“I am sorry mama I couldn’t graduate from high school, but l promise I’m going to be something one day……”
This is a story of a person who started off nameless, recognised nothingness and at the end was cultivated into something beautiful.
Growing up between cultures is tough
Sharaf Alhothi was born in 1989 in Tokyo, Japan. Since then, he has been living in Tokyo for 13 years until he moved back to his home country in Yemen. The journey toward adulthood was not easy. Sharaf had spent much of his adolescence trying to fit in, but struggled. He had to manage a supreme cultural juggling “to belong without being erased” and “to hold on to those aspects of his mother culture that nourished him”.
It was a confusing and sometimes exhilarating process, choosing what to keep and what to let go.
Indeed, growing up between cultures is tough, until you realise it is a creative blessing. This type of experience provokes his human conscience and in turn translates into his innovative creation. The first series of Sharaf’s artwork photographs “Pareidolia” is exactly the sequel of his situations in life.
Where do I belong?
The situation in life has led to a situation he called it “Nameless”. That is the artist could not merge with the Japanese culture when he was in Japan and could not speak his own language when he moved back to his home country Yemen. Not only he felt nameless, but also that he was just a nobody. He does not have a sense of belonging.
Although being brought up in Japan, it didn’t make Sharaf less engaged in his own society, nor less appreciative of the opportunities for which he had to fight. Instead, he encourages himself to look for the positives in each culture. In his series “Nameless”, he began to combine both cultures that he was living in and created artworks inspired by both traditions.
“We may have been brought up differently. Our opportunities and experiences may have been different. But we make the most of what unites us and most importantly, acknowledge we’re not just one culture. We’re both.”
Then, he discovered “Nothingness”. As we have averred in this article, ultimately, we suffer because we grasp after things thinking they are fixed, substantial and real. It is only when we can see through this illusion and open ourselves, then we can relax into clarity, compassion and courage. Indeed, belonging without being erased is a challenge for Sharaf. Instead of dwelling himself in the state of namelessness, he turns it into a virtue.
Interestingly, the series of photographs “Nothingness” is not for sale. They are special and unique to Sharaf as they represent the deepest part of his soul. However, you can collect his other series of artwork here.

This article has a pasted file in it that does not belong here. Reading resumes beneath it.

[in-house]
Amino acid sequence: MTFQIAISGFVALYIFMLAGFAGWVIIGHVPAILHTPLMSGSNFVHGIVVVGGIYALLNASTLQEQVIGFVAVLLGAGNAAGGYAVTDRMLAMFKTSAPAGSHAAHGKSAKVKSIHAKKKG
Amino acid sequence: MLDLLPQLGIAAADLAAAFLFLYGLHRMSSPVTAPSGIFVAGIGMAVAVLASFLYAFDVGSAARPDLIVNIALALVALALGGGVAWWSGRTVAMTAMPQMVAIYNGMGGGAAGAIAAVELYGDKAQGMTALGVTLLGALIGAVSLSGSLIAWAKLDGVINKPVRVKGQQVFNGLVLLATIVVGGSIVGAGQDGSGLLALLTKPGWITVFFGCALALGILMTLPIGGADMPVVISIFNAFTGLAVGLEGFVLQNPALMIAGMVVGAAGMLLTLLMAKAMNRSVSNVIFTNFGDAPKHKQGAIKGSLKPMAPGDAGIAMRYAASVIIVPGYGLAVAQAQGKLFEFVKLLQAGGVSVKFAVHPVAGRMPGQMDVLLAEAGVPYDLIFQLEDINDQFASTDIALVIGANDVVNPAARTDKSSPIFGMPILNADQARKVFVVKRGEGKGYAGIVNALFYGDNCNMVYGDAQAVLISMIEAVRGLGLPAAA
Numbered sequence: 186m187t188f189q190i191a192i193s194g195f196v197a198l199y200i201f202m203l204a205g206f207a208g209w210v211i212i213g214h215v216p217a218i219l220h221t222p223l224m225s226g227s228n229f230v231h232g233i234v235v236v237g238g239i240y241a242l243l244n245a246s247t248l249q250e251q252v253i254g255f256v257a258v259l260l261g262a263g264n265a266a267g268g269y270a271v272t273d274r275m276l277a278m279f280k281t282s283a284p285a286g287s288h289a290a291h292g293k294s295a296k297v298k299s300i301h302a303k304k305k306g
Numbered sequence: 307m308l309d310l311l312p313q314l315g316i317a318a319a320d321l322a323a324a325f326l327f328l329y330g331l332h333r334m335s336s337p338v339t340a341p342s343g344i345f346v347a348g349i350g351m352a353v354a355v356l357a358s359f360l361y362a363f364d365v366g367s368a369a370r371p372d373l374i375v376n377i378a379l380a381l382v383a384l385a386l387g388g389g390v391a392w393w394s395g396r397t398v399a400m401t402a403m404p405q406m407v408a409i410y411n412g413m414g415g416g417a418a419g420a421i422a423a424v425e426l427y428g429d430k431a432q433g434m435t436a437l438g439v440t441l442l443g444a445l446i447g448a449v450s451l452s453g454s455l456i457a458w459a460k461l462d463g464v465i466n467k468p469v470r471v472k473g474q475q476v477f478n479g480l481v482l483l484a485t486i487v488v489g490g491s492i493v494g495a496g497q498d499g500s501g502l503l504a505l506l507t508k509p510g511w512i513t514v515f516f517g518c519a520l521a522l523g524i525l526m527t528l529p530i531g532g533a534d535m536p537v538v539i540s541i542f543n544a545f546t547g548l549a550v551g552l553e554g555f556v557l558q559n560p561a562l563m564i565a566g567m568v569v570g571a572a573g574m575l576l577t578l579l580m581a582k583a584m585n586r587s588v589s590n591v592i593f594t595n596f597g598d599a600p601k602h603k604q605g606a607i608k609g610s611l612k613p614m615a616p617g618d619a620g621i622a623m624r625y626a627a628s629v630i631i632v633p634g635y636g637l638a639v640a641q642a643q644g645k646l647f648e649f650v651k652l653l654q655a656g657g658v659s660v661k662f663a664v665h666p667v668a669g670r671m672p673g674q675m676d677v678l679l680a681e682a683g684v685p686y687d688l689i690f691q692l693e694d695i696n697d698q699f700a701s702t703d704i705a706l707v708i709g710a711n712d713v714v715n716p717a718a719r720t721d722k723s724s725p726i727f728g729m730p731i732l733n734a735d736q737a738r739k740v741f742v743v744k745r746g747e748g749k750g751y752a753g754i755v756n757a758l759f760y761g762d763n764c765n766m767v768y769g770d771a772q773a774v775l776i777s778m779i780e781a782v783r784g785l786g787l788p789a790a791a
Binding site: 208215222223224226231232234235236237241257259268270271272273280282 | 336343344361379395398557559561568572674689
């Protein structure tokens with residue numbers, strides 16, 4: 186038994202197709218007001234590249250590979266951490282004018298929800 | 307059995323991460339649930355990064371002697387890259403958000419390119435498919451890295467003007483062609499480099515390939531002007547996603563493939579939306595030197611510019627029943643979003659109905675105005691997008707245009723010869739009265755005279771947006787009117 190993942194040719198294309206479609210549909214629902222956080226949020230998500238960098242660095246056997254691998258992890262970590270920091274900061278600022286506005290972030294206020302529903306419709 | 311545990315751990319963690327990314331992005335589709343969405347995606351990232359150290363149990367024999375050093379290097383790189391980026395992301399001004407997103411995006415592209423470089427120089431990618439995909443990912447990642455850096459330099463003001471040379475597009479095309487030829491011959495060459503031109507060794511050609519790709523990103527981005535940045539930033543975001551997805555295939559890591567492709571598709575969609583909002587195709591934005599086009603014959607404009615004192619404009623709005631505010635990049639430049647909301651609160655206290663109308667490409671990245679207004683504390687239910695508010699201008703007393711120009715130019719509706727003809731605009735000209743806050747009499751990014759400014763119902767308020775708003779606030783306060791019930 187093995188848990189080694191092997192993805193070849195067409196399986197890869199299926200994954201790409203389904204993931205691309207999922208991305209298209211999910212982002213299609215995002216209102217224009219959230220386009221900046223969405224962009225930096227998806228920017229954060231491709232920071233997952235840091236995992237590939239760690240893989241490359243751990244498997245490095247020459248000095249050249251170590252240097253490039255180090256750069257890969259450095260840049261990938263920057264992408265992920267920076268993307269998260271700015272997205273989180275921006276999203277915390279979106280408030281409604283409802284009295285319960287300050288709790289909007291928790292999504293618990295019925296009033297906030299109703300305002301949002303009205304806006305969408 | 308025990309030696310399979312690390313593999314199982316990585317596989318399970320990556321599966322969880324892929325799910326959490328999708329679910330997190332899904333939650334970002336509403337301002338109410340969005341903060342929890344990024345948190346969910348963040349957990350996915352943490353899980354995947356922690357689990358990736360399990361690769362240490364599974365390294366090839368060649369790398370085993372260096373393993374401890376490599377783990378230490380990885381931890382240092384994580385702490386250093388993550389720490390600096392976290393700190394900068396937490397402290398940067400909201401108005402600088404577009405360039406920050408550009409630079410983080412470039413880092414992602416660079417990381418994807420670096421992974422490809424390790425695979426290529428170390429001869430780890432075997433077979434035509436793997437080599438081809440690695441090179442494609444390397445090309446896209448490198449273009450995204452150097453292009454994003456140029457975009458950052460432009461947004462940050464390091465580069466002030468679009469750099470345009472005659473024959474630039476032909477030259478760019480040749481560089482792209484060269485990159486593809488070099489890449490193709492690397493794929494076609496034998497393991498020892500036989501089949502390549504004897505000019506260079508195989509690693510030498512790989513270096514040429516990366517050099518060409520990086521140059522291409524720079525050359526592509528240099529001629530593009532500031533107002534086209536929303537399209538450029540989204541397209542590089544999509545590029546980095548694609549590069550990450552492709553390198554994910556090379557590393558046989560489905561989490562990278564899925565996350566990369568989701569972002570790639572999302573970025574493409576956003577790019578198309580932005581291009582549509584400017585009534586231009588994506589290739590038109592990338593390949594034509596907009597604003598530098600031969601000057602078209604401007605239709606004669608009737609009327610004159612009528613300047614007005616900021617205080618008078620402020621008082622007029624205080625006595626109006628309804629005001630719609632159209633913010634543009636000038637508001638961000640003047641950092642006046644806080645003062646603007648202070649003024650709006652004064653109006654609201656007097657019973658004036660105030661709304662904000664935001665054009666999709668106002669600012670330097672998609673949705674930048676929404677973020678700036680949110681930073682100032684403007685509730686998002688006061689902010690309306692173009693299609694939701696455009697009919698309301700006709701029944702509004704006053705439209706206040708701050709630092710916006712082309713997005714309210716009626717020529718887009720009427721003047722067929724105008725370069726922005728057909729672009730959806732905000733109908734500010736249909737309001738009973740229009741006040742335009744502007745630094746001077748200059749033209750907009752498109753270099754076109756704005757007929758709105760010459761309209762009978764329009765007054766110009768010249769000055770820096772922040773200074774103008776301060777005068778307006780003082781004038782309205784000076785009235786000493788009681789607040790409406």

The View of Integration
After the series “Nameless”, Sharaf integrated more of his views on both cultures and customs which have been nourishing him since his childhood. This has prompted the birth of the latest series of work “Cultivated”.
He chose to look closer at the traditionally Yemeni sitara veils, compare and contrast with the Japanese silk. While Sharaf found sitara to be unique, colourful and distinctive, Japanese silk is wonderfully strong, light and soft. By employing his unique technique based on his art movement called pareidolia, “Cultivated (2020)” brings out not only the specialty of both cultures, but also the advancement of his technique. In fact, at a closer glance, some of the traditionally Yemeni veils are like works of art.
Rising Sun vs The Silk Road
Sharaf regards his experience in two stages. First, he named it as the Japanese national flag “Rising Sun” which represents his time in Japan. Second, he named it as “The Silk Road” which is one of the elements of Yemeni common heritage. Here is another photographer who unveil the silk road with his camera lens!
Of all the fabrics, silk is regarded as the finest and most beautiful. It has a wonderful sheen. The result of triangle-shaped fibres that reflect light like prisms and layers of protein that build up to a pearly sheen. It can be dyed a host of wonderful colours. Similarly, the Yemeni sitara is also a brightly coloured squared-shaped cloth wrapped around the body and is one of the most popular pieces of clothing in all of Yemen.
Knowledge and appreciation of these subjects helps to preserve, diffuse, and promote elements of both cultures. Perhaps this is the biggest contribution of every great artist of all time. Thanks to the exchanges along the Silk Roads, over centuries, Yemen has retained its importance as one of the most influential commercial and cultural centres in the Arab world and beyond.
He is both cultures together
To conclude, growing up straddling two different cultures is not always easy. Sharaf is one of the rarest persons who is distinguished in all aspects of life. His beauty lies in his persistence and go getter mentality. Growing up between cultures could be confusing, but Sharaf connotes that, he is not just one of them, he is both the cultures together.
One hopes that the majority are not forgotten, the ones who are just getting on with life, loving, living, contributing, still aspiring, still here. As his mother put it, “I will always and forever believe in my son.” What an inspiring journey.